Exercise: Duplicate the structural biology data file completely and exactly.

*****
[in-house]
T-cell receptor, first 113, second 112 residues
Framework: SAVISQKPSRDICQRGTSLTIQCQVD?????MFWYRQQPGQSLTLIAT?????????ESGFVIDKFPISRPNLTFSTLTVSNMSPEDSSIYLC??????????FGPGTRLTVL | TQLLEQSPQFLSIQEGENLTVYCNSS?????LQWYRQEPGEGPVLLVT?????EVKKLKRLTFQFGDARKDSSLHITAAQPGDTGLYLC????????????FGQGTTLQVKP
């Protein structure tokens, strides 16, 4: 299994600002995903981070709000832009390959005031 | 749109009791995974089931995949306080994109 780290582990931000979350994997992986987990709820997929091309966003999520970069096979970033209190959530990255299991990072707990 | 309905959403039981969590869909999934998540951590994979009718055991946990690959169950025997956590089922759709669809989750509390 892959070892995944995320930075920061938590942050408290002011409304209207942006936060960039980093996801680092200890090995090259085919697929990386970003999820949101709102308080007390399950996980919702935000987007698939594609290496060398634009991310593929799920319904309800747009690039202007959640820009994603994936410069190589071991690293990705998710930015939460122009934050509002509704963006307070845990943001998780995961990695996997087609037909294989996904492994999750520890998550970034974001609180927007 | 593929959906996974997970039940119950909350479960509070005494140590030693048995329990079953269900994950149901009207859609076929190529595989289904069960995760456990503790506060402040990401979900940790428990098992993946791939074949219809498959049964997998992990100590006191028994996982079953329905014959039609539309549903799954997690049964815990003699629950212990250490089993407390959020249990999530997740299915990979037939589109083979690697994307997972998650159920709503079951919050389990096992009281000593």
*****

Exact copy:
[in-house]
T-cell receptor, first 113, second 112 residues
Framework: SAVISQKPSRDICQRGTSLTIQCQVD?????MFWYRQQPGQSLTLIAT?????????ESGFVIDKFPISRPNLTFSTLTVSNMSPEDSSIYLC??????????FGPGTRLTVL | TQLLEQSPQFLSIQEGENLTVYCNSS?????LQWYRQEPGEGPVLLVT?????EVKKLKRLTFQFGDARKDSSLHITAAQPGDTGLYLC????????????FGQGTTLQVKP
């Protein structure tokens, strides 16, 4: 299994600002995903981070709000832009390959005031 | 749109009791995974089931995949306080994109 780290582990931000979350994997992986987990709820997929091309966003999520970069096979970033209190959530990255299991990072707990 | 309905959403039981969590869909999934998540951590994979009718055991946990690959169950025997956590089922759709669809989750509390 892959070892995944995320930075920061938590942050408290002011409304209207942006936060960039980093996801680092200890090995090259085919697929990386970003999820949101709102308080007390399950996980919702935000987007698939594609290496060398634009991310593929799920319904309800747009690039202007959640820009994603994936410069190589071991690293990705998710930015939460122009934050509002509704963006307070845990943001998780995961990695996997087609037909294989996904492994999750520890998550970034974001609180927007 | 593929959906996974997970039940119950909350479960509070005494140590030693048995329990079953269900994950149901009207859609076929190529595989289904069960995760456990503790506060402040990401979900940790428990098992993946791939074949219809498959049964997998992990100590006191028994996982079953329905014959039609539309549903799954997690049964815990003699629950212990250490089993407390959020249990999530997740299915990979037939589109083979690697994307997972998650159920709503079951919050389990096992009281000593």